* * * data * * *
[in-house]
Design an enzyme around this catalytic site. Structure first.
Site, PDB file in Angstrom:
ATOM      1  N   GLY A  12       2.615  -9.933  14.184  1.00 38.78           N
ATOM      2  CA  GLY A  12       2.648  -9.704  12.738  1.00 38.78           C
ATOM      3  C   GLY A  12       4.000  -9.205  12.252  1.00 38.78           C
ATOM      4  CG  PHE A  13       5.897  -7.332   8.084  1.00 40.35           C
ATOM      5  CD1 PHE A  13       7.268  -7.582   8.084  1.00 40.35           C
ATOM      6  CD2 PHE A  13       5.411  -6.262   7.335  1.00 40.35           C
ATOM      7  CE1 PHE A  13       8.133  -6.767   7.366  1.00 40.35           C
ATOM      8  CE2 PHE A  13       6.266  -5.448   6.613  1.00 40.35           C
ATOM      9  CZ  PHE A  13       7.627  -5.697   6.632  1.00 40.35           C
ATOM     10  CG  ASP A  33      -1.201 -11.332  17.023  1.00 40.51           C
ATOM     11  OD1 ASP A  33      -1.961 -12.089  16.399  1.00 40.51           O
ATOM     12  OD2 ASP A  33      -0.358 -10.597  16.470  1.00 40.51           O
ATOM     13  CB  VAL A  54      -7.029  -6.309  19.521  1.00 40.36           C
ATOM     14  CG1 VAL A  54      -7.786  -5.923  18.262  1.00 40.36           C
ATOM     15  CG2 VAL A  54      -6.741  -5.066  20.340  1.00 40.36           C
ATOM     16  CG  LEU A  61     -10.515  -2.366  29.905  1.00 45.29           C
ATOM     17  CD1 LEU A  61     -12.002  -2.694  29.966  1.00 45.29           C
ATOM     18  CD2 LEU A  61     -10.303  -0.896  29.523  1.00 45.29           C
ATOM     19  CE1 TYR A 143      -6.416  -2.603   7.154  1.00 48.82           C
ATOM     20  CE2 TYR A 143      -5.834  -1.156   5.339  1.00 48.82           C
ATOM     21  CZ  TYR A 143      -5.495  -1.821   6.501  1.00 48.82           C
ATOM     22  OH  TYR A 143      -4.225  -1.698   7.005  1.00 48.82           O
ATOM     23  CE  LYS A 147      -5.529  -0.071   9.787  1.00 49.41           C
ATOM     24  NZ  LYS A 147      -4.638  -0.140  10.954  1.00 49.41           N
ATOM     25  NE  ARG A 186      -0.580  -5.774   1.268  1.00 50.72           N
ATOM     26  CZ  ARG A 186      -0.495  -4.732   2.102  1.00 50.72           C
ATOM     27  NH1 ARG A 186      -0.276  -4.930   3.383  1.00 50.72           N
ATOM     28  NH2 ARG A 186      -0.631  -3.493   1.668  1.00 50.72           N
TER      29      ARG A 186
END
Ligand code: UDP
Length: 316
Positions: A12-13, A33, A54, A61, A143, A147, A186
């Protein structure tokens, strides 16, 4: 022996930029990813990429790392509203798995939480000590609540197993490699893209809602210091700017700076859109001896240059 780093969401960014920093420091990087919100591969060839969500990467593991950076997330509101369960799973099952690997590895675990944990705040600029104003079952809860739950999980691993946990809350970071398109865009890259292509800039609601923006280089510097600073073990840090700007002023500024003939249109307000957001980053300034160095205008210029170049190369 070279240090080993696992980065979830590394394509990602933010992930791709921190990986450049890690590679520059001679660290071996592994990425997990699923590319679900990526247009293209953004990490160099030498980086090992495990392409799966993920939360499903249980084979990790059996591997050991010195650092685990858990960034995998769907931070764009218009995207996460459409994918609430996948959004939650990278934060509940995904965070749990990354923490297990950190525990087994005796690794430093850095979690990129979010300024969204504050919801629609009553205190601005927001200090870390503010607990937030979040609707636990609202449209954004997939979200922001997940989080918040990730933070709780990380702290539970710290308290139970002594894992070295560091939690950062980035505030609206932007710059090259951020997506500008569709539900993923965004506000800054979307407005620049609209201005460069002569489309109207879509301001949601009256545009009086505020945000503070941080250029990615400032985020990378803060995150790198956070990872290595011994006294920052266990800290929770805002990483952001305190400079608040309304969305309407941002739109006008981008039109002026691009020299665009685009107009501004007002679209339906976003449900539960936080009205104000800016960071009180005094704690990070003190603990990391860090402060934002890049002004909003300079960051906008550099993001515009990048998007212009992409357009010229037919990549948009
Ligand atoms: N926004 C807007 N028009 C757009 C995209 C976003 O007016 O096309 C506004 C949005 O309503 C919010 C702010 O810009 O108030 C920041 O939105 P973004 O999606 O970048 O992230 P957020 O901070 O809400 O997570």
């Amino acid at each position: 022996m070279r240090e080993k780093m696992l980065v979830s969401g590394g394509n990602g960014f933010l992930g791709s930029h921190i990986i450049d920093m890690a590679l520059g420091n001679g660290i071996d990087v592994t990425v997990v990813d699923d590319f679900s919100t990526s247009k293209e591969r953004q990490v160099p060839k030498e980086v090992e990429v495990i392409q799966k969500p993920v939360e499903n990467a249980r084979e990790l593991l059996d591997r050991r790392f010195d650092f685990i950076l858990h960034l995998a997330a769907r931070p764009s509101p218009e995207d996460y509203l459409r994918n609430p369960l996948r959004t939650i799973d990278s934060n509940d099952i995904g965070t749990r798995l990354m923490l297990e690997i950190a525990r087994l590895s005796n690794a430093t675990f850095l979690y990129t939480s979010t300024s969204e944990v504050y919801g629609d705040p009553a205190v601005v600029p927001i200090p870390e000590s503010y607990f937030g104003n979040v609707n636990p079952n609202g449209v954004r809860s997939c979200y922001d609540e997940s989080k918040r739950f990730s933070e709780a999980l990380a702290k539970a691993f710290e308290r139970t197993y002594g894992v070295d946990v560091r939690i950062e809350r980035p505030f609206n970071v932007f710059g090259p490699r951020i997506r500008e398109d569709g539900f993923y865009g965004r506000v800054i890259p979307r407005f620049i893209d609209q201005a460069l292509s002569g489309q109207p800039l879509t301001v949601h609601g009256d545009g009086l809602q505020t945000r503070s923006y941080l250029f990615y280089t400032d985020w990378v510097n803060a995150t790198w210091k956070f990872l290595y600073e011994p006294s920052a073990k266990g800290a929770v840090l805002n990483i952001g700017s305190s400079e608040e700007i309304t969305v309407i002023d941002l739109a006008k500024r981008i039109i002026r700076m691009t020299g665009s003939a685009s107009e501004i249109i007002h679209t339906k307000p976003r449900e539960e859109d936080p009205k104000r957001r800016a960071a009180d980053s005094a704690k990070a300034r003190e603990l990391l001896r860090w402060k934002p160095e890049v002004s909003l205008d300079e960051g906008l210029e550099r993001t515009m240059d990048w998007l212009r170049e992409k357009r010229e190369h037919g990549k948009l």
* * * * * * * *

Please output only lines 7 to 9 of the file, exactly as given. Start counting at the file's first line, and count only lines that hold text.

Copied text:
ATOM      4  CG  PHE A  13       5.897  -7.332   8.084  1.00 40.35           C
ATOM      5  CD1 PHE A  13       7.268  -7.582   8.084  1.00 40.35           C
ATOM      6  CD2 PHE A  13       5.411  -6.262   7.335  1.00 40.35           C